Cuicuilco was an ancient city in the central Mexican highlands, on the southern shore of the Lake Texcoco in the southeastern Valley of Mexico. Today, it is a significant archaeological site that was occupied during the Mesoamerican Middle and Late Formative (ca. 700 B.C. to A.D. 150). Based on its date of occupation, Cuicuilco may be the oldest city in the Valley of Mexico and was roughly contemporary with, and possibly interacting with the Olmec of the Gulf Coast of lowland Veracruz and Tabasco (also known as the Olmec heartland).
According to translations of ancient Nahuatl, Cuicuilco can be interpreted as the "place of prayer" or the "place of the rainbow."
Cuicuilco was originally founded as a farming village, but presents evidence of early religious practices including stone offerings and the use of ceramics as grave goods. The city grew around a large ceremonial center with pyramids and an associated urban area that included plazas and avenues bordering a series of small, shallow pools. These pools were fed by runoff from the nearby hills of Zacayuca and Zacaltepetl. Population at the city's peak is estimated at 20,000 people. Site features include terraces, various buildings, fortifications, and irrigation ditches and canals.
Archaeologists conclude that Cuicuilco was a prominent community prior to the emergence of Teotihuacan as an urban center, noting that the six small communities which some archeologists believe eventually combined to become Teotihuacan were founded and showing evidence of modest growth during the time Cuicuilco was building pyramids and public monuments. The city seems to have been abandoned around A.D. 150 to 200 after the eruption of a nearby volcano, Xitle, although the territory was reoccupied at a much later date. Pottery, and other evidence, suggest that refugees from the volcanic disaster migrated north and became part of the population pool of Teotihuacan, near the northern shore of the Lake Texcoco.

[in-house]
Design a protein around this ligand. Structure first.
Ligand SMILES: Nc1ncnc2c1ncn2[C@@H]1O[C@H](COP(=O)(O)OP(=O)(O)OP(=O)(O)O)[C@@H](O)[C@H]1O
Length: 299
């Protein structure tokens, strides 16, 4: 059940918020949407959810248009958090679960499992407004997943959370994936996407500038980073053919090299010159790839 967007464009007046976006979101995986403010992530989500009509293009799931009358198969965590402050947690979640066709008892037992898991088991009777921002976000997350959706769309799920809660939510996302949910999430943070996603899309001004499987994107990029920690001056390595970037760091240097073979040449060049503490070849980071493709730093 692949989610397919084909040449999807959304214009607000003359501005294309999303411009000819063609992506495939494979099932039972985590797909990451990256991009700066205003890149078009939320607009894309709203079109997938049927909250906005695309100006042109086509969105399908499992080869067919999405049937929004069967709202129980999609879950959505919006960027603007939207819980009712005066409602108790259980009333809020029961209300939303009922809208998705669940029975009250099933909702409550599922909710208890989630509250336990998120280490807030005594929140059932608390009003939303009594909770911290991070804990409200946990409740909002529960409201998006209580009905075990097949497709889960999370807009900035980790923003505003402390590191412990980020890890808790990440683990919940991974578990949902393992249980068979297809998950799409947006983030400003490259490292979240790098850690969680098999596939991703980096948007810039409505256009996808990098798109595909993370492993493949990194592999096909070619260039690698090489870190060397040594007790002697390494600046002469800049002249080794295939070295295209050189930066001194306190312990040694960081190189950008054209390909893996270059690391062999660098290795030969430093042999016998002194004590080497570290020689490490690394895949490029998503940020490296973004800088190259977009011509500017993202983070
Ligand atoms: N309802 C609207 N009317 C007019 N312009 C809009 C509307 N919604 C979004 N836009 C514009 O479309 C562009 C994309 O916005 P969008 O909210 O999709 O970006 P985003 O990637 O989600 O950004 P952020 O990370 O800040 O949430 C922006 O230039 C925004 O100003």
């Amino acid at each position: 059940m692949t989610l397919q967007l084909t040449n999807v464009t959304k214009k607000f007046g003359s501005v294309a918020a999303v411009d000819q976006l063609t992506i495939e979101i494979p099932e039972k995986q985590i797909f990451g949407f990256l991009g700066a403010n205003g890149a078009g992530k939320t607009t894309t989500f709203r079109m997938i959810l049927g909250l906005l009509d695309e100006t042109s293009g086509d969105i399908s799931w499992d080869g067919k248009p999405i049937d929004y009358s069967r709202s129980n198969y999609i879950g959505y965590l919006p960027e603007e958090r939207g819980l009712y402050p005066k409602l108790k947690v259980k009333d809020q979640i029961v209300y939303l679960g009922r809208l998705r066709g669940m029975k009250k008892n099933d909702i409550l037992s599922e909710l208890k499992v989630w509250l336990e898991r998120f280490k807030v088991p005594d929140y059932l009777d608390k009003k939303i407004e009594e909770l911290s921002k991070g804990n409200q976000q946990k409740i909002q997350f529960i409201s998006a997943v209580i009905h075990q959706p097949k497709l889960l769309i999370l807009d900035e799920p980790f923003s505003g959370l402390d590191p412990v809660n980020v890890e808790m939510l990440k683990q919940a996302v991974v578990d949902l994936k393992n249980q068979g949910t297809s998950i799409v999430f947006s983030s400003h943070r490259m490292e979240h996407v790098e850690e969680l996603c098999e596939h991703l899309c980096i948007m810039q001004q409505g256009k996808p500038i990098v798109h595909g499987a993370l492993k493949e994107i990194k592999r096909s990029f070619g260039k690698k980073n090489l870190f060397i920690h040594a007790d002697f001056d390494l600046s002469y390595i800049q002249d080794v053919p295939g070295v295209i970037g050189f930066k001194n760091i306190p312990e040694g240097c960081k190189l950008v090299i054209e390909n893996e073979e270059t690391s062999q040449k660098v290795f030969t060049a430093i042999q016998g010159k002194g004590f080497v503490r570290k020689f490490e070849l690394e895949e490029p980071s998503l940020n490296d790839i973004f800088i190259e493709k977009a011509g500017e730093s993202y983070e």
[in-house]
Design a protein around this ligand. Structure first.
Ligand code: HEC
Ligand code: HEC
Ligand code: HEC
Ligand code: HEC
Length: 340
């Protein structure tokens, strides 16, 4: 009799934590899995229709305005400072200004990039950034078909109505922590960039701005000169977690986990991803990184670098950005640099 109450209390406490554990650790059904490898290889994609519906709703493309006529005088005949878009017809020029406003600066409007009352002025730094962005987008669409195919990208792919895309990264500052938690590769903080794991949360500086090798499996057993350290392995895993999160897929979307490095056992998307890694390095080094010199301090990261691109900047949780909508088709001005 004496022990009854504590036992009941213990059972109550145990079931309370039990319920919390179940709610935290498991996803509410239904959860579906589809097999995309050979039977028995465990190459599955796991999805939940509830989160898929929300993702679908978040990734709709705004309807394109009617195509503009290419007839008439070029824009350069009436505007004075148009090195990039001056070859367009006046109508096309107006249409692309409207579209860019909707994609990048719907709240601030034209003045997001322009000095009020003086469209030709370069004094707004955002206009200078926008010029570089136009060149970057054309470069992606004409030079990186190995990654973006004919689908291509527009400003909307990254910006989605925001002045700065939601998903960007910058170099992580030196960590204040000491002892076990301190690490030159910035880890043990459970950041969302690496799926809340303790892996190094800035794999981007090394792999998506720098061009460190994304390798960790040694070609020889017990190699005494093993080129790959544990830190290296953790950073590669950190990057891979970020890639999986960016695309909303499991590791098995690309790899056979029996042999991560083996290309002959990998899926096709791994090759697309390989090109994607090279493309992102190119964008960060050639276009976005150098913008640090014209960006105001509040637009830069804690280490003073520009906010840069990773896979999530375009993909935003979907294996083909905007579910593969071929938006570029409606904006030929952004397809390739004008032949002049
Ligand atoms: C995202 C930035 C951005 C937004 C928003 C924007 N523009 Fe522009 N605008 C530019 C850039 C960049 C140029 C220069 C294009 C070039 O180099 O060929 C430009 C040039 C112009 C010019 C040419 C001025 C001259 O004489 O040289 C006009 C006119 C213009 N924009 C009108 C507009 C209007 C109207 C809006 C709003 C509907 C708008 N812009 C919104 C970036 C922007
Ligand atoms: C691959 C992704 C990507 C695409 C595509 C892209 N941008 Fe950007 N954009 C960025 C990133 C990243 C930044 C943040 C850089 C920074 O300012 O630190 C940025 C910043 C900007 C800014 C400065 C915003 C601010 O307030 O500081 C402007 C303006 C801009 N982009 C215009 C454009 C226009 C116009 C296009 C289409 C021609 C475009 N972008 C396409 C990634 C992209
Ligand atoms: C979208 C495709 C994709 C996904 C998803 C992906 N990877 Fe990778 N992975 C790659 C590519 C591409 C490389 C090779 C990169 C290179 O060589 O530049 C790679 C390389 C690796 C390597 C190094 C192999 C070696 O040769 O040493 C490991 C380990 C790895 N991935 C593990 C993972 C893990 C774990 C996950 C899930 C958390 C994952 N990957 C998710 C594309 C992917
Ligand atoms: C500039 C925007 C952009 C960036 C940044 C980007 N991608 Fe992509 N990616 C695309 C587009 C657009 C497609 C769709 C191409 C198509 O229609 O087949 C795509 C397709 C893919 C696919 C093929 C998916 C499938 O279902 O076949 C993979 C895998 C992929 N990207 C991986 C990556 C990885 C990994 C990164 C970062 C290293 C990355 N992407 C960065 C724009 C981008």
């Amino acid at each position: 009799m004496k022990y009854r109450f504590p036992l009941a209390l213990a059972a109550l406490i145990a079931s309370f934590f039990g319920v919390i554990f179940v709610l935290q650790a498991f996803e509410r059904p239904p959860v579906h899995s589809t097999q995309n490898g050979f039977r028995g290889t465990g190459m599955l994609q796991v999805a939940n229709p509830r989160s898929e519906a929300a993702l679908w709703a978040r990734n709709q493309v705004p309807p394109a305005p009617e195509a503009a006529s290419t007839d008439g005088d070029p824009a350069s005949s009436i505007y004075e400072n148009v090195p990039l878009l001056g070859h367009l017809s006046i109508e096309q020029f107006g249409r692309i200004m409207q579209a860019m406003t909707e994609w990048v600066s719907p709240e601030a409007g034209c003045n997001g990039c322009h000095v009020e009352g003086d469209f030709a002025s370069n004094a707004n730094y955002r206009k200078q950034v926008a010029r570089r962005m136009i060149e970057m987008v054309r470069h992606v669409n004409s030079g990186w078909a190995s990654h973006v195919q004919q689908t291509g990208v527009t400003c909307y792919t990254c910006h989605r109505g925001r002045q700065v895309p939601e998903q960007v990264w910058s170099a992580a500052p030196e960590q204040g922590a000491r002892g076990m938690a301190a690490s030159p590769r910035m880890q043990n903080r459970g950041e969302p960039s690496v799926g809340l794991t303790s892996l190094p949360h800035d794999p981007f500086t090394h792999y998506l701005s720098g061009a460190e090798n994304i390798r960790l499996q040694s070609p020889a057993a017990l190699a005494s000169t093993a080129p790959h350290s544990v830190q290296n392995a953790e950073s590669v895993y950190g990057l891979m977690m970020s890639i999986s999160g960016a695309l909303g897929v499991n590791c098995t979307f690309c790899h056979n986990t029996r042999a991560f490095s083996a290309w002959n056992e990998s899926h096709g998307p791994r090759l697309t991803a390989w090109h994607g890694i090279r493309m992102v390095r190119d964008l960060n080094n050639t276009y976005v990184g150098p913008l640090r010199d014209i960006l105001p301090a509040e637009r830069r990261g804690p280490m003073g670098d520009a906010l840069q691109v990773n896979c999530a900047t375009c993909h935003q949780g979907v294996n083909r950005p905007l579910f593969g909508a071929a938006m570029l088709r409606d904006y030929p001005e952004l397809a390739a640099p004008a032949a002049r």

borough in the background]] The site of Cuicuilco is covered by a dense volcanic lava field known as the Pedregal de San Ángel. The lava covers an area of approximately 80 km², including the foothills of the Ajusco mountain range and extending down to a nearby lake shore. A 1956 study concluded that the uneven lava deposits, reaching a depth over 10 m in areas, were a major factor in the preservation of Cuicuilco. The site is also inside a modern urban area, and is partially covered by buildings associated with the National University of Mexico. Only partial archaeological investigation has been possible, and modern building techniques have damaged the prehistoric city. Several 1990 archaeological finds at Cuicuilco, consisting of a circular pyramid constructed within a plaza with smaller structures associated with agricultural system, were destroyed for the construction of a multi-storied office complex. Consequently, the true size and complexity of Cuicuilco may be difficult to ascertain.
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